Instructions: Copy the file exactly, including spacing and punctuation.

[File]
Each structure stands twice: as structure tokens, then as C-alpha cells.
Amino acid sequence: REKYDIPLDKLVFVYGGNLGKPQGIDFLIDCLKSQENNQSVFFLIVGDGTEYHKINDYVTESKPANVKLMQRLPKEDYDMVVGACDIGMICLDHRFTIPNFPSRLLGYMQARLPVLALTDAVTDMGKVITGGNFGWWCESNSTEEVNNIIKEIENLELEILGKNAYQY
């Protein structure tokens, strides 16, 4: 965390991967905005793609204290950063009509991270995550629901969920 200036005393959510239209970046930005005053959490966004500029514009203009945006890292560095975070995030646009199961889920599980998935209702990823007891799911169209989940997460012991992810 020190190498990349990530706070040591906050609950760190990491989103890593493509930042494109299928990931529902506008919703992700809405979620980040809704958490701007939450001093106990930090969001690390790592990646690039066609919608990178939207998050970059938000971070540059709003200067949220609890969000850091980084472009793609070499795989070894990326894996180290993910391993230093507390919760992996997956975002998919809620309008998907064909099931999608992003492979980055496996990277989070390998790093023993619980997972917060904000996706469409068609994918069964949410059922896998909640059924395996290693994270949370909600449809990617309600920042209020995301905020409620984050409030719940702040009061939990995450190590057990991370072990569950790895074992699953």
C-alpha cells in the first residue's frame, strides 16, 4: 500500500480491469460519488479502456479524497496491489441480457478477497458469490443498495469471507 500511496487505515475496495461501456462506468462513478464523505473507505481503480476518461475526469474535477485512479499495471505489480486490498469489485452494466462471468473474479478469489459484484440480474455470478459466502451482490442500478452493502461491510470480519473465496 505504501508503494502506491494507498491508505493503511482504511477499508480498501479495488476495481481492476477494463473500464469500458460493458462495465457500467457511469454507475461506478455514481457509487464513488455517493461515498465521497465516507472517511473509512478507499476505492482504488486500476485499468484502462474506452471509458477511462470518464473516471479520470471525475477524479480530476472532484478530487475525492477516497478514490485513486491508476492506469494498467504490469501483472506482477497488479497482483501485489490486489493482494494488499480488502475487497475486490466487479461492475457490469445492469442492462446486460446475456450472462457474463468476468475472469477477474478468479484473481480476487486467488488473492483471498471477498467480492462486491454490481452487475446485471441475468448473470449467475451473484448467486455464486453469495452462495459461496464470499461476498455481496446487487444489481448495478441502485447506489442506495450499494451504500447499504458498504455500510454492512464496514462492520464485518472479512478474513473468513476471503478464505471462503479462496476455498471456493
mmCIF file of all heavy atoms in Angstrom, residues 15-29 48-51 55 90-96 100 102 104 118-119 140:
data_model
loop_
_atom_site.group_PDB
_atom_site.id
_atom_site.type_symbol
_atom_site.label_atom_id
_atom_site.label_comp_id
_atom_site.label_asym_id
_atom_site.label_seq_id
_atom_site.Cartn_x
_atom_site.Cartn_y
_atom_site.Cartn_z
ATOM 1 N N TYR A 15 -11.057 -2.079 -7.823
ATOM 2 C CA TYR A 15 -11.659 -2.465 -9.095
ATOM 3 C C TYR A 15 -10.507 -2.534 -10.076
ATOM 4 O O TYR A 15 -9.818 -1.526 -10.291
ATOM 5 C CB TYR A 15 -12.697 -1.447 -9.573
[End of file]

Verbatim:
Each structure stands twice: as structure tokens, then as C-alpha cells.
Amino acid sequence: REKYDIPLDKLVFVYGGNLGKPQGIDFLIDCLKSQENNQSVFFLIVGDGTEYHKINDYVTESKPANVKLMQRLPKEDYDMVVGACDIGMICLDHRFTIPNFPSRLLGYMQARLPVLALTDAVTDMGKVITGGNFGWWCESNSTEEVNNIIKEIENLELEILGKNAYQY
């Protein structure tokens, strides 16, 4: 965390991967905005793609204290950063009509991270995550629901969920 200036005393959510239209970046930005005053959490966004500029514009203009945006890292560095975070995030646009199961889920599980998935209702990823007891799911169209989940997460012991992810 020190190498990349990530706070040591906050609950760190990491989103890593493509930042494109299928990931529902506008919703992700809405979620980040809704958490701007939450001093106990930090969001690390790592990646690039066609919608990178939207998050970059938000971070540059709003200067949220609890969000850091980084472009793609070499795989070894990326894996180290993910391993230093507390919760992996997956975002998919809620309008998907064909099931999608992003492979980055496996990277989070390998790093023993619980997972917060904000996706469409068609994918069964949410059922896998909640059924395996290693994270949370909600449809990617309600920042209020995301905020409620984050409030719940702040009061939990995450190590057990991370072990569950790895074992699953």
C-alpha cells in the first residue's frame, strides 16, 4: 500500500480491469460519488479502456479524497496491489441480457478477497458469490443498495469471507 500511496487505515475496495461501456462506468462513478464523505473507505481503480476518461475526469474535477485512479499495471505489480486490498469489485452494466462471468473474479478469489459484484440480474455470478459466502451482490442500478452493502461491510470480519473465496 505504501508503494502506491494507498491508505493503511482504511477499508480498501479495488476495481481492476477494463473500464469500458460493458462495465457500467457511469454507475461506478455514481457509487464513488455517493461515498465521497465516507472517511473509512478507499476505492482504488486500476485499468484502462474506452471509458477511462470518464473516471479520470471525475477524479480530476472532484478530487475525492477516497478514490485513486491508476492506469494498467504490469501483472506482477497488479497482483501485489490486489493482494494488499480488502475487497475486490466487479461492475457490469445492469442492462446486460446475456450472462457474463468476468475472469477477474478468479484473481480476487486467488488473492483471498471477498467480492462486491454490481452487475446485471441475468448473470449467475451473484448467486455464486453469495452462495459461496464470499461476498455481496446487487444489481448495478441502485447506489442506495450499494451504500447499504458498504455500510454492512464496514462492520464485518472479512478474513473468513476471503478464505471462503479462496476455498471456493
mmCIF file of all heavy atoms in Angstrom, residues 15-29 48-51 55 90-96 100 102 104 118-119 140:
data_model
loop_
_atom_site.group_PDB
_atom_site.id
_atom_site.type_symbol
_atom_site.label_atom_id
_atom_site.label_comp_id
_atom_site.label_asym_id
_atom_site.label_seq_id
_atom_site.Cartn_x
_atom_site.Cartn_y
_atom_site.Cartn_z
ATOM 1 N N TYR A 15 -11.057 -2.079 -7.823
ATOM 2 C CA TYR A 15 -11.659 -2.465 -9.095
ATOM 3 C C TYR A 15 -10.507 -2.534 -10.076
ATOM 4 O O TYR A 15 -9.818 -1.526 -10.291
ATOM 5 C CB TYR A 15 -12.697 -1.447 -9.573